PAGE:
Abstract: Despite an increasing recognition of the importance of health for economic growth, there is still a lack of understanding of the role of medical innovation in this process. Specifically, what are the causal effects of medical innovation on economic growth and which non-linearities matter in this context? To answer these questions, we propose an R\&D-based economic growth model with overlapping generations in which life expectancy depends on health care utilization per capita and on medical innovation and test the model's implications empirically. We show that a causal pathway from medical innovation to economic growth prevails with life expectancy being an important transmission mechanism. Non-linearities matter in the following way: in early stages of development, medical innovation does not have a positive effect on economic growth, whereas in intermediate stages, a positive and significant effect emerges. In late stages of development, when life expectancy is already very high, the effect becomes weaker and potentially negative because health improvements are increasingly difficult to achieve and become ever more resource intensive.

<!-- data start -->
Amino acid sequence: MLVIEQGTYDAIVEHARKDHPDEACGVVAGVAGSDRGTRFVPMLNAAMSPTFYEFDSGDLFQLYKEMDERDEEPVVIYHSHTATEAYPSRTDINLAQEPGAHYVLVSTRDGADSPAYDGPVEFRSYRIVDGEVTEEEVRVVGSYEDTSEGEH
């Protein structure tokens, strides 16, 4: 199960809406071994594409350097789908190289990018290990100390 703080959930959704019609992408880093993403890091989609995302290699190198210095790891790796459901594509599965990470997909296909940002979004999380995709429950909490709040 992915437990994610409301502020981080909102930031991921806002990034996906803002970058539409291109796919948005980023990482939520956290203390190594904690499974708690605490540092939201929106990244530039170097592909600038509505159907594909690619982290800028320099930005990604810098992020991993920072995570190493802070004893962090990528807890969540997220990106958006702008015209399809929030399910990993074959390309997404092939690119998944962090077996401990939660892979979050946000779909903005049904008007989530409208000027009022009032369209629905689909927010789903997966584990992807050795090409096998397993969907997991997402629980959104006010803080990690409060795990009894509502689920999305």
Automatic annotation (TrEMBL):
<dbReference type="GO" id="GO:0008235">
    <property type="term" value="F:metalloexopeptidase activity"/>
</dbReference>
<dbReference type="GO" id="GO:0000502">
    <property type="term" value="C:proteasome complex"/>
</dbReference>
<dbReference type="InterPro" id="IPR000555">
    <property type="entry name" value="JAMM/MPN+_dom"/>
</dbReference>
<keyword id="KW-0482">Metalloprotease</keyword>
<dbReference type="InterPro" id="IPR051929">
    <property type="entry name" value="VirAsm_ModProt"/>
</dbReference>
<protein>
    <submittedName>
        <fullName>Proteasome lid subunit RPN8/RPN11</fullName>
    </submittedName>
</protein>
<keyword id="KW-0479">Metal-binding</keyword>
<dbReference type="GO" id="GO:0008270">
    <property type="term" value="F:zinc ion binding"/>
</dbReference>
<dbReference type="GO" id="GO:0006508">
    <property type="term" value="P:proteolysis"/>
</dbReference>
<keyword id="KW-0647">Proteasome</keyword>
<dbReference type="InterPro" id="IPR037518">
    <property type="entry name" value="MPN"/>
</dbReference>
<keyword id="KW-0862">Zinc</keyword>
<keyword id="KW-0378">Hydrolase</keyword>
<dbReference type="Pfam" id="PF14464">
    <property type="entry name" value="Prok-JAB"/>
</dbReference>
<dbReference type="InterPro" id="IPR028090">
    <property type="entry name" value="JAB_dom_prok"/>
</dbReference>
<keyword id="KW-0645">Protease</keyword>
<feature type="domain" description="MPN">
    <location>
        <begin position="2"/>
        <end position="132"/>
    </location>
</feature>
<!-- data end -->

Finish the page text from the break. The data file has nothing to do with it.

Keywords: Medical innovation, industrial innovation, life expectancy, health, economic growth
    JEL: I15 J11 O41 O47
    Date: 2023–07
  3. By: Oliwia Komada (Group for Research in Applied Economics (GRAPE))
    Abstract: The US differs from other OECD countries in terms of family policy size and composition. This study examines the welfare and macroeconomic effects of family policy reforms. I explore three policy instruments: child-related tax credits, child care subsidies, and child allowances. The children are merit good due to PAYG social security structure. I show that expanding family policy, similar to the American Rescue Plan, enhances welfare. I also characterize the optimal family policy for the US. It accounts for about 3\% of GDP, three times larger than the existing policy, and primarily focused on child-care subsidies. The structure of family policy is vital for welfare evaluation, as similar expenditure levels can lead to contrasting welfare outcomes depending on policy composition. This study underscores the importance of carefully designed family policies, highlighting the need for ongoing research and policy innovation to maximize societal benefits and promote equitable economic growth.
    Keywords: family policy, social security system, welfare, income risk
    JEL: D21 E62 H31 H55
    Date: 2023
  4. By: Hajdu, Tamás